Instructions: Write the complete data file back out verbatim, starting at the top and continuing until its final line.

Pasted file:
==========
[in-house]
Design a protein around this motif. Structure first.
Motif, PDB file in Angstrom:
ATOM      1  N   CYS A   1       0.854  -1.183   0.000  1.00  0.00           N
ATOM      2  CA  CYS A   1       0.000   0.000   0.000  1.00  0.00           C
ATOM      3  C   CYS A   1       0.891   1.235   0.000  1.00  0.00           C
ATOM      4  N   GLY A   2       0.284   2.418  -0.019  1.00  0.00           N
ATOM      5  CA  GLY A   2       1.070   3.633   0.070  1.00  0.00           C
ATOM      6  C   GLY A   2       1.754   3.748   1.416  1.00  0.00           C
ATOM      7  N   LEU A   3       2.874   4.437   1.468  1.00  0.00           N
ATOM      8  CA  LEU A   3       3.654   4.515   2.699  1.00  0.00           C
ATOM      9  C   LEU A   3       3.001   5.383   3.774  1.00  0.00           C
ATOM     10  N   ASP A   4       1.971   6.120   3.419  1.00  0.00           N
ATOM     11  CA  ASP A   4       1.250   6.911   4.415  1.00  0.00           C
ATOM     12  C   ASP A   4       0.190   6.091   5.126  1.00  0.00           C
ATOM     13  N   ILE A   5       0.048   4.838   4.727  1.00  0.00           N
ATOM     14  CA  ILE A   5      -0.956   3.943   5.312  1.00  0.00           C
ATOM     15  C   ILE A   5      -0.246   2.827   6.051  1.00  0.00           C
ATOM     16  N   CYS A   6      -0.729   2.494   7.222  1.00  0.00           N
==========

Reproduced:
[in-house]
Design a protein around this motif. Structure first.
Motif, PDB file in Angstrom:
ATOM      1  N   CYS A   1       0.854  -1.183   0.000  1.00  0.00           N
ATOM      2  CA  CYS A   1       0.000   0.000   0.000  1.00  0.00           C
ATOM      3  C   CYS A   1       0.891   1.235   0.000  1.00  0.00           C
ATOM      4  N   GLY A   2       0.284   2.418  -0.019  1.00  0.00           N
ATOM      5  CA  GLY A   2       1.070   3.633   0.070  1.00  0.00           C
ATOM      6  C   GLY A   2       1.754   3.748   1.416  1.00  0.00           C
ATOM      7  N   LEU A   3       2.874   4.437   1.468  1.00  0.00           N
ATOM      8  CA  LEU A   3       3.654   4.515   2.699  1.00  0.00           C
ATOM      9  C   LEU A   3       3.001   5.383   3.774  1.00  0.00           C
ATOM     10  N   ASP A   4       1.971   6.120   3.419  1.00  0.00           N
ATOM     11  CA  ASP A   4       1.250   6.911   4.415  1.00  0.00           C
ATOM     12  C   ASP A   4       0.190   6.091   5.126  1.00  0.00           C
ATOM     13  N   ILE A   5       0.048   4.838   4.727  1.00  0.00           N
ATOM     14  CA  ILE A   5      -0.956   3.943   5.312  1.00  0.00           C
ATOM     15  C   ILE A   5      -0.246   2.827   6.051  1.00  0.00           C
ATOM     16  N   CYS A   6      -0.729   2.494   7.222  1.00  0.00           N